Where to find authentic Japanese cuisine in Milan? Sagami, an internationally renowned Japanese restaurant brand that recently opened its first restaurant in the Lombard capital in Italy, bringing a corner of the Rising Sun in Piazza Duca d ‘Aosta, next to the Central Station.
The mission of Sagami is to try and grasp the true essence of the cuisine of Japan, in particular the Nagoya cuisine “Nagoya-meshi” through a range of menus from appetizers to main dishes, finishing with a charter of varied and very interesting sweets, at great prices. It is therefore worth experimenting with new flavors, to definitively leave behind the stereotype that identifies Japanese cuisine with raw fish.
The environment is simple and bright. The menu, headed by the local mascot, the “pucciosissima” Misocci-san, is complete with photos, to allow anyone, even those who are venturing for the first time in the world of traditional Japanese cuisine, to understand the type of dish that you will order.
In general, the menu is divided between Don – bowls – with rice base; Soba, the main dish of the Sagami chain based on buckwheat pasta to be eaten hot or cold; the Kishimen, a pasta shape that vaguely recalls our noodles and that is very difficult to taste outside of Japan and the Udon, the “spaghettoni.” Some of the dishes can also be ordered in a mini version, to allow the customer to try more at once.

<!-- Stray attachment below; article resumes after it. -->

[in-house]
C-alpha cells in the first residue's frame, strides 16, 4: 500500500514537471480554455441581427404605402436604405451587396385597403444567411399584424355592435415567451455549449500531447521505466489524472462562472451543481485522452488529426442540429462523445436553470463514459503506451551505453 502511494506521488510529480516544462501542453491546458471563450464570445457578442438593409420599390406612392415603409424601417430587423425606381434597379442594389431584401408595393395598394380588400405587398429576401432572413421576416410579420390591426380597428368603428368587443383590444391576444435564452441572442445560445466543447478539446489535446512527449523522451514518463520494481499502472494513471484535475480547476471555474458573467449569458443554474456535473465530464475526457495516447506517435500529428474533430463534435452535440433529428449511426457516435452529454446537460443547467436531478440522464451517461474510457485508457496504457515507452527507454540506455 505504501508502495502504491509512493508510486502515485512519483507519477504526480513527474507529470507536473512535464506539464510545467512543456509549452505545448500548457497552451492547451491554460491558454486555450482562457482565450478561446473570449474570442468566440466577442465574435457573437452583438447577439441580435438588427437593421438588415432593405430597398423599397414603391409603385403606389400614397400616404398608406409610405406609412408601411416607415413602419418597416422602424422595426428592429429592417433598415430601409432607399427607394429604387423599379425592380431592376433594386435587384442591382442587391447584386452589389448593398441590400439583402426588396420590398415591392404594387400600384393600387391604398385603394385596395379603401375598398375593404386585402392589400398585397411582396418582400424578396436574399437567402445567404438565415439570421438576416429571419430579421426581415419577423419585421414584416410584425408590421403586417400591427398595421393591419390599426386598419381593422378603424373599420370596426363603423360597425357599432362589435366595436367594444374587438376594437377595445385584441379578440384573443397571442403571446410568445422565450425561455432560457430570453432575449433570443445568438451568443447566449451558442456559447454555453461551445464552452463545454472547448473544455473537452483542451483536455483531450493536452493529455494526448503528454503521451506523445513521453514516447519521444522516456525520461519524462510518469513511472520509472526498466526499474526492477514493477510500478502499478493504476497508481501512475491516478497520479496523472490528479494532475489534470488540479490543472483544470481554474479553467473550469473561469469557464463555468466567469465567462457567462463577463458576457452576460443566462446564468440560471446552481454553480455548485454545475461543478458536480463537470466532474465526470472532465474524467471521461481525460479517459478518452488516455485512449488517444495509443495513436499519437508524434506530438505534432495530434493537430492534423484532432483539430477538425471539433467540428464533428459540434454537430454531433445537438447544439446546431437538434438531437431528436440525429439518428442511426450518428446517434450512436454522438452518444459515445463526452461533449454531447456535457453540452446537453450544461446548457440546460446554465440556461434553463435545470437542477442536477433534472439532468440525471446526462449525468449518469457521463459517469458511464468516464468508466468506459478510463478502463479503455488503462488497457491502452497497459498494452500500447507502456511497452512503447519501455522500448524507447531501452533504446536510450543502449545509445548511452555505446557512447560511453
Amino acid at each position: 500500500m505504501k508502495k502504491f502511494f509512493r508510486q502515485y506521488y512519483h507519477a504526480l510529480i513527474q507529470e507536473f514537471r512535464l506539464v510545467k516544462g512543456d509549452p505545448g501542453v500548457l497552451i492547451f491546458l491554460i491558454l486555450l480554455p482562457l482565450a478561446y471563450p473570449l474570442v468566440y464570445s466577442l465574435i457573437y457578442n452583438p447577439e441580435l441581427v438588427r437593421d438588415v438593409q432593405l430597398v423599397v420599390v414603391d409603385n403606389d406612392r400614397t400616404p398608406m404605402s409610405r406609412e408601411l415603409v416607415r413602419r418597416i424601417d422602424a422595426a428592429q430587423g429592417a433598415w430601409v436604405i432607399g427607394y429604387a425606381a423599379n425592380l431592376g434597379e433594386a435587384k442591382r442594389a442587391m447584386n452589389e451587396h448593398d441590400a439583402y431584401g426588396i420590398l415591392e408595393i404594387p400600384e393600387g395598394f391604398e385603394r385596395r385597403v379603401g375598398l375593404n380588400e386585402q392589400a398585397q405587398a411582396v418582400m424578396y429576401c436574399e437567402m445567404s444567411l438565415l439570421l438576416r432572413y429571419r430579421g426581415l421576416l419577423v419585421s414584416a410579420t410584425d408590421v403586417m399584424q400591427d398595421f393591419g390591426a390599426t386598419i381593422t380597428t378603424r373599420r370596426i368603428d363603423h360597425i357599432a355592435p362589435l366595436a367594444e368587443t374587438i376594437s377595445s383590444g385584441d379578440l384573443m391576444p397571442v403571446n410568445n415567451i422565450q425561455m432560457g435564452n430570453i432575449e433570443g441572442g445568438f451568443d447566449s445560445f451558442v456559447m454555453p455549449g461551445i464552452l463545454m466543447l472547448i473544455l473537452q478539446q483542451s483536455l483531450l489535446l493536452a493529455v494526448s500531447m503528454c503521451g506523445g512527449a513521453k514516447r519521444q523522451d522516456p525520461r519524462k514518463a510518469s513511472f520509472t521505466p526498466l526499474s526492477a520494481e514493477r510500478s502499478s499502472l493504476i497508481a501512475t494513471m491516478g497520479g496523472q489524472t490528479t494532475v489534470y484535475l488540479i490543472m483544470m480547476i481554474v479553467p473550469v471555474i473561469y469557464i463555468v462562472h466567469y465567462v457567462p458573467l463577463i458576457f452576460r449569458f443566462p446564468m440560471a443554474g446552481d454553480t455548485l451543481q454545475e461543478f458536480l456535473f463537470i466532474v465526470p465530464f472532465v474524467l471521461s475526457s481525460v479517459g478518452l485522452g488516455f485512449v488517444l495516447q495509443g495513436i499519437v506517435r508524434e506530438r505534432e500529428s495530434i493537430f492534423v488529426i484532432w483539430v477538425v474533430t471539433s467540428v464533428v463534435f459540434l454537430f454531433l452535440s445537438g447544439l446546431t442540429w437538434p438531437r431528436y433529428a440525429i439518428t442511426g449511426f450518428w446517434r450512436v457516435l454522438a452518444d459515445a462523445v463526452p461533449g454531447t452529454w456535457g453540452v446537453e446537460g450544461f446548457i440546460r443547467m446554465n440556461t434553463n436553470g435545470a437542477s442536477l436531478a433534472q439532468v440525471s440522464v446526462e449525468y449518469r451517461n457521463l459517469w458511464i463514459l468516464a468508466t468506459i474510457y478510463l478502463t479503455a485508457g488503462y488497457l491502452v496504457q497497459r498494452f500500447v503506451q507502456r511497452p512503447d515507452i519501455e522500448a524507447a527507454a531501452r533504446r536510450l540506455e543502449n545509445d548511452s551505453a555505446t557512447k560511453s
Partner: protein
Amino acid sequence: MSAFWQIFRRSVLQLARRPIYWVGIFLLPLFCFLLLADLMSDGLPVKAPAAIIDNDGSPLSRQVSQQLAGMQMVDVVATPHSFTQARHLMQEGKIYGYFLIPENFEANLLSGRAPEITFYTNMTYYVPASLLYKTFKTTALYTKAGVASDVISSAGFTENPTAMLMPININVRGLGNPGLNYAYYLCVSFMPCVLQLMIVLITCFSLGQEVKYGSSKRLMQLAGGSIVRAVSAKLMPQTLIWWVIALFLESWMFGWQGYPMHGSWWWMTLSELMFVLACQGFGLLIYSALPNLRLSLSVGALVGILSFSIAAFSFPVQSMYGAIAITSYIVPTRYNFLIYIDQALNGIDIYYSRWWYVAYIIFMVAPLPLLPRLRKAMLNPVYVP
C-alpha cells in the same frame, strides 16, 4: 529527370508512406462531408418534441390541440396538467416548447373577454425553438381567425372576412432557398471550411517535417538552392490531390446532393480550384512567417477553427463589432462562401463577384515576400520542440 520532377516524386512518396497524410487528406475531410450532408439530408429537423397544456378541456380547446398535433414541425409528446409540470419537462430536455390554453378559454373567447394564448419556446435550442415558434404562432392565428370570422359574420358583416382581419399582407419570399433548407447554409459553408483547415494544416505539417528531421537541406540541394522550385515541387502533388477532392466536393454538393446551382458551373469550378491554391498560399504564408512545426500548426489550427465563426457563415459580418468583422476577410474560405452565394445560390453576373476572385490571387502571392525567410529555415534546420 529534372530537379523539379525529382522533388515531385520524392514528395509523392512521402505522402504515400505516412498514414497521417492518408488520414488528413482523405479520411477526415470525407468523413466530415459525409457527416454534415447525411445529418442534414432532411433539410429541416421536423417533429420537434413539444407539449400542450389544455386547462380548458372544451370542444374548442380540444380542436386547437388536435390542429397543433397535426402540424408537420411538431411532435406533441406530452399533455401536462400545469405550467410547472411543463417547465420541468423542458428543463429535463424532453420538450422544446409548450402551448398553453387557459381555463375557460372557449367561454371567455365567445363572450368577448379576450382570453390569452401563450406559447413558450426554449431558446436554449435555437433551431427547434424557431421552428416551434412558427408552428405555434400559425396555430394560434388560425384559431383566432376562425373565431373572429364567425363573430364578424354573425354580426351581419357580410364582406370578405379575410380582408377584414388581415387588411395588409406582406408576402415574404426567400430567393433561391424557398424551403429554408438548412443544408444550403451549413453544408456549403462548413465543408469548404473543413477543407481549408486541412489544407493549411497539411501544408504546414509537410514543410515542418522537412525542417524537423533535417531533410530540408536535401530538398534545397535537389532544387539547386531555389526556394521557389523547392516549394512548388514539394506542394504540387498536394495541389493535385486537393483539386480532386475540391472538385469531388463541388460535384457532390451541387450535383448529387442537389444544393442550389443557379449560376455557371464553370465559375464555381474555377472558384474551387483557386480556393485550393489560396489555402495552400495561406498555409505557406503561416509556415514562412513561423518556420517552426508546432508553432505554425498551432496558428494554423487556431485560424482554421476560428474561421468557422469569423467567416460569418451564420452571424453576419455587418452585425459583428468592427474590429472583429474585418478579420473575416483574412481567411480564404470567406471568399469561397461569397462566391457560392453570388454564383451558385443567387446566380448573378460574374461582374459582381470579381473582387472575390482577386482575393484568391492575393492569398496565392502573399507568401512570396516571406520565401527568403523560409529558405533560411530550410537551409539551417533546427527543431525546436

Among the “must try” dishes, in addition to the arduous choice between Soba, Udon and Kishimen, there is the classic Tonkatsu, the Japanese cutlet of pork, present in different variations, and the Unagi don, a bowl with grilled eel marinated on a rice base. The desserts that I recommend are the Tiramisu al Matcha (so far the best ever tried) and the Daifukumochi, a classic Japanese sweet with a gelatinous consistency based on red bean cream.
The service is extremely attentive and kind. Sagami is perfect for a family dinner, with friends, but also as a couple. It is the right place if you are looking for an easy but quality alternative to the “sushino?” or a return trip in the evening to discover another – and little explored – face of Japanese cuisine, that of Izakaya. Chopsticks in hand!